Geography and geology
The elevation near the mouth of Buck Run is 226 feet (69 m) above sea level. The elevation of the stream's source is between 680 feet (210 m) and 700 feet (210 m) above sea level. The gradient of Buck Run between its source and its mouth is 31.8 feet (9.7 m) per mile.
The course of Buck Run is described as circuitous in a 1921 book. The stream generally flows in a southeasterly direction. Its channel is sinuous. The topography of the stream's watershed has been described as "broken and hilly". However, in some places, the stream flows through a narrow valley flanked by steep hills.
The average annual rate of precipitation in the watershed of Buck Run ranges from 40 to 50 inches (100 to 130 cm).
The watershed of Buck Run has an area of 48.60 square miles (125.9 km2). There are 80 miles (130 km) of streams in the watershed of Buck Run. The watershed occupies portions of 11 municipalities. The mouth of the stream is in the United States Geological Survey quadrangle of Coatesville. However, its source is in the United States Geological Survey quadrangle of Parkesburg.
In the early 1900s, the predominant land use in the watershed of Buck Run was agriculture.
History and industries
Buck Run was entered into the Geographic Names Information System on August 2, 1979. Its identifier in the Geographic Names Information System is 1170547.
Numerous bridges have been built over Buck Run. One was constructed in 1881 and two more were built in 1914, one of which was repaired in 2012. A bridge was built over the stream and its tributary Doe Run in 1915. Another five bridges were built over the stream between 1926 and 1930 and two more in 1937 and 1940. The three newest bridges over it were constructed in 1969, 1975, and 2002. Additionally, there are three covered bridges over the creek. Two of them, the Mary Ann Pyle Bridge and the Hayes Clark Bridge are on private property. They were built in 1881 and 1971, respectively. The third covered bridge is the Speakman Bridge.
William Dickie owned a mill on Buck Run at Sadsbury shortly after 1722. Historically, there were six or seven papermills on the stream in one township. One of these mills, the Rokeby Papermill, was said to be at the same location as the first rolling mill in the United States. Two rolling mills known as the Rokeby Rolling Mill and the Laurel Rolling Mill also historically existed on the stream. The former was built in 1795 and the latter was built in 1825. The Laurel Rolling Mill was located at the mouth of Buck Run. Additionally, a slitting mill constructed by Isaac Pennock was constructed on the stream.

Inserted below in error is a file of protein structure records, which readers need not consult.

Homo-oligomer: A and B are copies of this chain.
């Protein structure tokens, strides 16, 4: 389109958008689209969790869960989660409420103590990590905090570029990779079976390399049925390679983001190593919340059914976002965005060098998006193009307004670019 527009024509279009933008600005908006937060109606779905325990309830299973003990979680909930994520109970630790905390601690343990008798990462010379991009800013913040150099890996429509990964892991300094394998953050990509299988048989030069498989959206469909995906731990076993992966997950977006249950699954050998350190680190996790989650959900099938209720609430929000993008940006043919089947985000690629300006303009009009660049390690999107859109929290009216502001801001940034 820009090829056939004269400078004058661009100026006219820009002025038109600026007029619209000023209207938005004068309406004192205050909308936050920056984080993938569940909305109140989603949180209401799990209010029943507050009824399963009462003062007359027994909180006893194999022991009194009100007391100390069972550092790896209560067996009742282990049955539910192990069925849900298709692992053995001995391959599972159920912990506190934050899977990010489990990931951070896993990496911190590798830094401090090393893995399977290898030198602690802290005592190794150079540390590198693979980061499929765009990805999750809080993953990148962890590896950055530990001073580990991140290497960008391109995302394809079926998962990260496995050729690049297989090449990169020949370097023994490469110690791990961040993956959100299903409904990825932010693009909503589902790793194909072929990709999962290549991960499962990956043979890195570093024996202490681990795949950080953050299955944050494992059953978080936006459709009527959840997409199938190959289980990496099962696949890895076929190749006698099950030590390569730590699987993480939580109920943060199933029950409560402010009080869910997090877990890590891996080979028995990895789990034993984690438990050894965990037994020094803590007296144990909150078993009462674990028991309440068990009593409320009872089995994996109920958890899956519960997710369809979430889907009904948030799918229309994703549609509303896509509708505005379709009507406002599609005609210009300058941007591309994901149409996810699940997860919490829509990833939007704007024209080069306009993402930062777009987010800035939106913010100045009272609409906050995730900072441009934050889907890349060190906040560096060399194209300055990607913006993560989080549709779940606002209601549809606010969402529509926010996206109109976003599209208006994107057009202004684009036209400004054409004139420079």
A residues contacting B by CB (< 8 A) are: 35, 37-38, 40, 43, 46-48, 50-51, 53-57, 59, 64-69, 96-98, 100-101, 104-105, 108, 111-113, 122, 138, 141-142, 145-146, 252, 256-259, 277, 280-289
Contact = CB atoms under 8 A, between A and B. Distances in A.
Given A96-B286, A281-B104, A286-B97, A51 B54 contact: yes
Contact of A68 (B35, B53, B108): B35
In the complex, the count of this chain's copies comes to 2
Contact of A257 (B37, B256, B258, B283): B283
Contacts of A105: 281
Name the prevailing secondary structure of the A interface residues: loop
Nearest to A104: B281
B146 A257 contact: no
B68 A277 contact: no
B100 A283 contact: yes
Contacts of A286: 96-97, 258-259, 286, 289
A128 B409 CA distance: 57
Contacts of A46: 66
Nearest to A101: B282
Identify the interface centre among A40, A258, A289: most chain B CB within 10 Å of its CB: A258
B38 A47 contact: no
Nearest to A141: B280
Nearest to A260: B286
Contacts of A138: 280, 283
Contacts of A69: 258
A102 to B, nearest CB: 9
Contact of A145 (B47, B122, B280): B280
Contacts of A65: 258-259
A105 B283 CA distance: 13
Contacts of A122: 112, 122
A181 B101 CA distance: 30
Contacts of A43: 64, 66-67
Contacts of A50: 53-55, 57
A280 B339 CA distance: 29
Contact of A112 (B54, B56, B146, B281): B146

The East Sadsbury Meeting was established in the vicinity of Buck Run and the Lancaster Pike. The meeting was typically small and eventually was no longer held.
Buck Run was historically considered to be the north branch of Doe Run.
In the early 1900s, the main industry in the watershed of Buck Run was agriculture. Additionally, the tributary Doe Run served as water power for several mills. Historically, the Pennsylvania Railroad crossed the watershed of Buck Run and ran alongside it between Pomeroy and the community of Buck Run. In the early 1900s, major communities in the watershed included Parkesburg, Pomeroy, Doe Run, and Sadsburyville. In 1921, their populations were 2522, 365, 200, and 150, respectively.
The taxa richness of Buck Run at Doe Run ranges from 40 to 55. The EPT taxa richness (the number of mayfly, stonefly, and caddisfly taxa) ranges from 18 to 28. The HBI value of the stream at this location ranges from 3.50 to 4.28. All of these values indicate "excellent stream quality". The stream is the only wildlife corridor to cross US Route 30 in Chester County.
Buck Run is considered to be approved trout waters. However, it is not considered to be a High-Quality Coldwater Fishery or Exceptional Value stream.